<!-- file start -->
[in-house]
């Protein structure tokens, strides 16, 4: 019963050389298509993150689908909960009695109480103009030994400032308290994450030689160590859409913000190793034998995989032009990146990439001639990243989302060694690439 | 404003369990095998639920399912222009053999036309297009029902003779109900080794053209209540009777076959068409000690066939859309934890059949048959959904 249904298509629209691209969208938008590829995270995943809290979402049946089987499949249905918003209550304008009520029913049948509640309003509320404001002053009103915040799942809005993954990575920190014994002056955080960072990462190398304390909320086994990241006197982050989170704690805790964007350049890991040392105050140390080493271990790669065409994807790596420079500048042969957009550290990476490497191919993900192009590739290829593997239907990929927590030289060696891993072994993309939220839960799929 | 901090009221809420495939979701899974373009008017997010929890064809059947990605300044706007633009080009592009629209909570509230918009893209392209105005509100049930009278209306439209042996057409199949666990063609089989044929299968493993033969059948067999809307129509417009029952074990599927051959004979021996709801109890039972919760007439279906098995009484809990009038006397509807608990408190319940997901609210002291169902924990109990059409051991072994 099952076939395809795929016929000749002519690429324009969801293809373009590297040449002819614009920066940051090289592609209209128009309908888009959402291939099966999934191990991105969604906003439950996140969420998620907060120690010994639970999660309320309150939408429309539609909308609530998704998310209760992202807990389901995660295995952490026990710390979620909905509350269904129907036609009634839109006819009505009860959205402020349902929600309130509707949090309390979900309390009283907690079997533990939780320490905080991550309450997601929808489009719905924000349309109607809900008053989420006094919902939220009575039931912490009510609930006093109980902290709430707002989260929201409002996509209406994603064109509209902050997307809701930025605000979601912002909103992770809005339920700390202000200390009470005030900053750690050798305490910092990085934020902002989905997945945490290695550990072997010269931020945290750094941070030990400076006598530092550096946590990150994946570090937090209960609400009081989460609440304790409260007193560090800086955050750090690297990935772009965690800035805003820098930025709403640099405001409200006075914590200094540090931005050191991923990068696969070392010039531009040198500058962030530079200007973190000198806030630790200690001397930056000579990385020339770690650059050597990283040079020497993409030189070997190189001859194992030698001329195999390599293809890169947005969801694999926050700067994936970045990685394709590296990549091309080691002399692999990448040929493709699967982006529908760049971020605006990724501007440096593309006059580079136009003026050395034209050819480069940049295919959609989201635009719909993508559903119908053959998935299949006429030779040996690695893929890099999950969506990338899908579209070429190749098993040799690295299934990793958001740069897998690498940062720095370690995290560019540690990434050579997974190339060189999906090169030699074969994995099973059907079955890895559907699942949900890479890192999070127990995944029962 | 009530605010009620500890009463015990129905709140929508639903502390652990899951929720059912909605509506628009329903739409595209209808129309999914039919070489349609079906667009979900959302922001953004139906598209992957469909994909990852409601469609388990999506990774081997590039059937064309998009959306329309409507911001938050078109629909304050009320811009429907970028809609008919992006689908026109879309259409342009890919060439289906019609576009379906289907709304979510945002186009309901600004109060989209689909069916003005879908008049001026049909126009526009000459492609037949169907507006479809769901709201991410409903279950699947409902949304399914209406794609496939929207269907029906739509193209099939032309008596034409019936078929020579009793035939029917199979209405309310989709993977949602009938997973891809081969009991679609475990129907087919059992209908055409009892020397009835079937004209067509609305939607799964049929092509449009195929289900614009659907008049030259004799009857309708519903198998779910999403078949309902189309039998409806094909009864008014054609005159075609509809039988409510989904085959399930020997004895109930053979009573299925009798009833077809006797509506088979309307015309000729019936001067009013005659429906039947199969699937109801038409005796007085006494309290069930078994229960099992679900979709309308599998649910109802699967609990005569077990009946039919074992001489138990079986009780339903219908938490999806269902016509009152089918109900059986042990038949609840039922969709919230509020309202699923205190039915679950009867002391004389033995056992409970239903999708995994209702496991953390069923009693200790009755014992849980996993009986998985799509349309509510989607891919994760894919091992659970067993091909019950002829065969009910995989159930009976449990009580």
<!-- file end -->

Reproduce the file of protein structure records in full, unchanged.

[in-house]
């Protein structure tokens, strides 16, 4: 019963050389298509993150689908909960009695109480103009030994400032308290994450030689160590859409913000190793034998995989032009990146990439001639990243989302060694690439 | 404003369990095998639920399912222009053999036309297009029902003779109900080794053209209540009777076959068409000690066939859309934890059949048959959904 249904298509629209691209969208938008590829995270995943809290979402049946089987499949249905918003209550304008009520029913049948509640309003509320404001002053009103915040799942809005993954990575920190014994002056955080960072990462190398304390909320086994990241006197982050989170704690805790964007350049890991040392105050140390080493271990790669065409994807790596420079500048042969957009550290990476490497191919993900192009590739290829593997239907990929927590030289060696891993072994993309939220839960799929 | 901090009221809420495939979701899974373009008017997010929890064809059947990605300044706007633009080009592009629209909570509230918009893209392209105005509100049930009278209306439209042996057409199949666990063609089989044929299968493993033969059948067999809307129509417009029952074990599927051959004979021996709801109890039972919760007439279906098995009484809990009038006397509807608990408190319940997901609210002291169902924990109990059409051991072994 099952076939395809795929016929000749002519690429324009969801293809373009590297040449002819614009920066940051090289592609209209128009309908888009959402291939099966999934191990991105969604906003439950996140969420998620907060120690010994639970999660309320309150939408429309539609909308609530998704998310209760992202807990389901995660295995952490026990710390979620909905509350269904129907036609009634839109006819009505009860959205402020349902929600309130509707949090309390979900309390009283907690079997533990939780320490905080991550309450997601929808489009719905924000349309109607809900008053989420006094919902939220009575039931912490009510609930006093109980902290709430707002989260929201409002996509209406994603064109509209902050997307809701930025605000979601912002909103992770809005339920700390202000200390009470005030900053750690050798305490910092990085934020902002989905997945945490290695550990072997010269931020945290750094941070030990400076006598530092550096946590990150994946570090937090209960609400009081989460609440304790409260007193560090800086955050750090690297990935772009965690800035805003820098930025709403640099405001409200006075914590200094540090931005050191991923990068696969070392010039531009040198500058962030530079200007973190000198806030630790200690001397930056000579990385020339770690650059050597990283040079020497993409030189070997190189001859194992030698001329195999390599293809890169947005969801694999926050700067994936970045990685394709590296990549091309080691002399692999990448040929493709699967982006529908760049971020605006990724501007440096593309006059580079136009003026050395034209050819480069940049295919959609989201635009719909993508559903119908053959998935299949006429030779040996690695893929890099999950969506990338899908579209070429190749098993040799690295299934990793958001740069897998690498940062720095370690995290560019540690990434050579997974190339060189999906090169030699074969994995099973059907079955890895559907699942949900890479890192999070127990995944029962 | 009530605010009620500890009463015990129905709140929508639903502390652990899951929720059912909605509506628009329903739409595209209808129309999914039919070489349609079906667009979900959302922001953004139906598209992957469909994909990852409601469609388990999506990774081997590039059937064309998009959306329309409507911001938050078109629909304050009320811009429907970028809609008919992006689908026109879309259409342009890919060439289906019609576009379906289907709304979510945002186009309901600004109060989209689909069916003005879908008049001026049909126009526009000459492609037949169907507006479809769901709201991410409903279950699947409902949304399914209406794609496939929207269907029906739509193209099939032309008596034409019936078929020579009793035939029917199979209405309310989709993977949602009938997973891809081969009991679609475990129907087919059992209908055409009892020397009835079937004209067509609305939607799964049929092509449009195929289900614009659907008049030259004799009857309708519903198998779910999403078949309902189309039998409806094909009864008014054609005159075609509809039988409510989904085959399930020997004895109930053979009573299925009798009833077809006797509506088979309307015309000729019936001067009013005659429906039947199969699937109801038409005796007085006494309290069930078994229960099992679900979709309308599998649910109802699967609990005569077990009946039919074992001489138990079986009780339903219908938490999806269902016509009152089918109900059986042990038949609840039922969709919230509020309202699923205190039915679950009867002391004389033995056992409970239903999708995994209702496991953390069923009693200790009755014992849980996993009986998985799509349309509510989607891919994760894919091992659970067993091909019950002829065969009910995989159930009976449990009580």